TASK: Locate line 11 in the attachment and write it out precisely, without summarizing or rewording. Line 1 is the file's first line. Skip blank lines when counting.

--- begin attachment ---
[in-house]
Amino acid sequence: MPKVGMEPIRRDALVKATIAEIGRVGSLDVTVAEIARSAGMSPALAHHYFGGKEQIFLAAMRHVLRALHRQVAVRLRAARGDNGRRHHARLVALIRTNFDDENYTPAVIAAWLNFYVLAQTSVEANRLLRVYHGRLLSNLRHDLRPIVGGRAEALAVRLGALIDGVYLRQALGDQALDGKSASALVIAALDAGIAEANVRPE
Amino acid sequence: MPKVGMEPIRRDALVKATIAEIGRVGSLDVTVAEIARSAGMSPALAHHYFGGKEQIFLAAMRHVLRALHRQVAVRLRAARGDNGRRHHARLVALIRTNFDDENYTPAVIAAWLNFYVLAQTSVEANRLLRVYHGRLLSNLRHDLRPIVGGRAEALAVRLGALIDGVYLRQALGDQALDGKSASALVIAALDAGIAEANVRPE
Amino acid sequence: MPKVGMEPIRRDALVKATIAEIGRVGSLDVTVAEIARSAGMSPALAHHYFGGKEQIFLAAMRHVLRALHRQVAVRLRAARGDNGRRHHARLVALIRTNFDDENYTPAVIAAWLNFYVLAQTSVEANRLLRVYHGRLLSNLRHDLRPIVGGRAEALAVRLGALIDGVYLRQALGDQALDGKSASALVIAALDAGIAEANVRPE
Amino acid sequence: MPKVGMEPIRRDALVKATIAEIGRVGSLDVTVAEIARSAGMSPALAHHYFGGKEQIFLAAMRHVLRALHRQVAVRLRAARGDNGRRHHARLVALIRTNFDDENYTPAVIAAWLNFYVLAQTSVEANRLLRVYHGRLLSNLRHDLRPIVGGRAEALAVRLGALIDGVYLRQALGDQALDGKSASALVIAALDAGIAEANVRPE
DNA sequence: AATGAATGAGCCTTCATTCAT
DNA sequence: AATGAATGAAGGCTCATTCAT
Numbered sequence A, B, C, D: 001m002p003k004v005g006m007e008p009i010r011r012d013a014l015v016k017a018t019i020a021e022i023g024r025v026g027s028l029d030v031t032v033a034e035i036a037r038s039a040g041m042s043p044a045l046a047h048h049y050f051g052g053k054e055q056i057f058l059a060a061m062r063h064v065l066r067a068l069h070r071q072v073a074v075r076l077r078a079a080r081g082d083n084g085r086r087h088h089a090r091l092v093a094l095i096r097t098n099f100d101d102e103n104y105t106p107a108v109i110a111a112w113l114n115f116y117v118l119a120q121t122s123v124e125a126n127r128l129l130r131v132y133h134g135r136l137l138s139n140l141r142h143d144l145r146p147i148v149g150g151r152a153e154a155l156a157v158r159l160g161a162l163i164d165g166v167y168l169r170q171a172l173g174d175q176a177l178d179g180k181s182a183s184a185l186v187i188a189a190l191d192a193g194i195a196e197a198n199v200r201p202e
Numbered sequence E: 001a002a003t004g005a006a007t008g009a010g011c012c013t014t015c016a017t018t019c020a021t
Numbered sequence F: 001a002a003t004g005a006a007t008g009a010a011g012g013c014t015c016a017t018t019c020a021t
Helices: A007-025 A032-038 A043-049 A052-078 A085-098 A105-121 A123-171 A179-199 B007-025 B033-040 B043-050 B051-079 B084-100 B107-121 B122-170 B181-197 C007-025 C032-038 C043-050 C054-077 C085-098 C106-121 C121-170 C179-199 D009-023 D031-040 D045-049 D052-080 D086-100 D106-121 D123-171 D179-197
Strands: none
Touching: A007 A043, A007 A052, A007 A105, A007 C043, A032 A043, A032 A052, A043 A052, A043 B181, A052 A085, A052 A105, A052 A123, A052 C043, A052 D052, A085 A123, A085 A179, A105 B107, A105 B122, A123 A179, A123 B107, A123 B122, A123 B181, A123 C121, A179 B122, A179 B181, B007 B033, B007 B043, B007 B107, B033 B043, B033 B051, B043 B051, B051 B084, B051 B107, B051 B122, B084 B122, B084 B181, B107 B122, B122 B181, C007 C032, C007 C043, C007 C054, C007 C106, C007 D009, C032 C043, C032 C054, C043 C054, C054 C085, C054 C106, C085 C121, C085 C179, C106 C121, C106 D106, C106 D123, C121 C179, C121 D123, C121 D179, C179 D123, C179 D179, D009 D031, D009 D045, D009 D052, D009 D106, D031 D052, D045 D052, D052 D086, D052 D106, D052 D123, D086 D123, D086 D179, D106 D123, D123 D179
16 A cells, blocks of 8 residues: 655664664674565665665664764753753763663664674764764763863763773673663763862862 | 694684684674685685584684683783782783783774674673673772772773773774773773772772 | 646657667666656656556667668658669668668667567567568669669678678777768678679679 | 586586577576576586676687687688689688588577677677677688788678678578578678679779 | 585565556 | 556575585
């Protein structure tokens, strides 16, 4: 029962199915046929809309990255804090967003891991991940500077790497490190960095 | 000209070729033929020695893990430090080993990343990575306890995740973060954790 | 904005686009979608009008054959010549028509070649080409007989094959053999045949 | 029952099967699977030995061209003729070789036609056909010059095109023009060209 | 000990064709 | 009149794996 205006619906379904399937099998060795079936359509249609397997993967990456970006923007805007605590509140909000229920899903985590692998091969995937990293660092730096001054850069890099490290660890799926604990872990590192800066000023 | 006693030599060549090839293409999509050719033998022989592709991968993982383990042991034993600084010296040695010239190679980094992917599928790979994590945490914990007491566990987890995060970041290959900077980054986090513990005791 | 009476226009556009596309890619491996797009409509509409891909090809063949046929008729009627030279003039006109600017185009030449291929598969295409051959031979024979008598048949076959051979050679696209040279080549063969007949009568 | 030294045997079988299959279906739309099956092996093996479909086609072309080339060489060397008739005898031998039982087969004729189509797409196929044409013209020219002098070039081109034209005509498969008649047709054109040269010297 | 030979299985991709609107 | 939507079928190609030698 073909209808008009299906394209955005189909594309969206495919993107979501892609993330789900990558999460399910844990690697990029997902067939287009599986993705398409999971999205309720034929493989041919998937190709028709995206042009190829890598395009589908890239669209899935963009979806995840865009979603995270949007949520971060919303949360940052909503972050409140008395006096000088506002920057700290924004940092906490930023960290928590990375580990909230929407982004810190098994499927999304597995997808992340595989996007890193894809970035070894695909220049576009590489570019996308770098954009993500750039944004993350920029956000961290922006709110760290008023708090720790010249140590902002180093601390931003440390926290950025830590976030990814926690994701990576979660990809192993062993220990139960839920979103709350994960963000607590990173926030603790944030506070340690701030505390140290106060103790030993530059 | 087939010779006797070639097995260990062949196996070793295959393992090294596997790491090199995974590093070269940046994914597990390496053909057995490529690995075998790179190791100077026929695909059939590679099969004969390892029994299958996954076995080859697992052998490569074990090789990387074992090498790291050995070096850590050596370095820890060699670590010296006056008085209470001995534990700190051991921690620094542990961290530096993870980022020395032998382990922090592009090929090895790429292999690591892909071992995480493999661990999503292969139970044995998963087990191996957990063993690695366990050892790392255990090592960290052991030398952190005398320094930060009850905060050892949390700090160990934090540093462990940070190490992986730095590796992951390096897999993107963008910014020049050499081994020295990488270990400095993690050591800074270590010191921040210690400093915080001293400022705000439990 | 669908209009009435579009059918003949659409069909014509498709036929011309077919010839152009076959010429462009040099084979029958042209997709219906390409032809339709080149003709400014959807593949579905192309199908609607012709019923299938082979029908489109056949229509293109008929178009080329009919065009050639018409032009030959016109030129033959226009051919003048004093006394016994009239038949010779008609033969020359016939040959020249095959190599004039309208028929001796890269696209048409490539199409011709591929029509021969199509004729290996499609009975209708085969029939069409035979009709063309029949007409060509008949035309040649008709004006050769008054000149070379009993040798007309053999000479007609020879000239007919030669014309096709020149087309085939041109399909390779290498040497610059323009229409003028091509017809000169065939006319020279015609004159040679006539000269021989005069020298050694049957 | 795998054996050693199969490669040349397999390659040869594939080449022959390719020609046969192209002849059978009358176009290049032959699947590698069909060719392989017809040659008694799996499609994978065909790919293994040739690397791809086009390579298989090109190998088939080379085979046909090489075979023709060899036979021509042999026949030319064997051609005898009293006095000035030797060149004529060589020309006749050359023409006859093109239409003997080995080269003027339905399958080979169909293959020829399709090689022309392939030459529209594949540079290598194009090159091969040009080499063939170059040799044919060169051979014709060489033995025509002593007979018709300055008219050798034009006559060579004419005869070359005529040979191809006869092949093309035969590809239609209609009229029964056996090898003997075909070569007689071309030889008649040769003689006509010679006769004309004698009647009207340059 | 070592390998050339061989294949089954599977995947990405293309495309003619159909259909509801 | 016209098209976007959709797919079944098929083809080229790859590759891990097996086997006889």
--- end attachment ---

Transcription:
Helices: A007-025 A032-038 A043-049 A052-078 A085-098 A105-121 A123-171 A179-199 B007-025 B033-040 B043-050 B051-079 B084-100 B107-121 B122-170 B181-197 C007-025 C032-038 C043-050 C054-077 C085-098 C106-121 C121-170 C179-199 D009-023 D031-040 D045-049 D052-080 D086-100 D106-121 D123-171 D179-197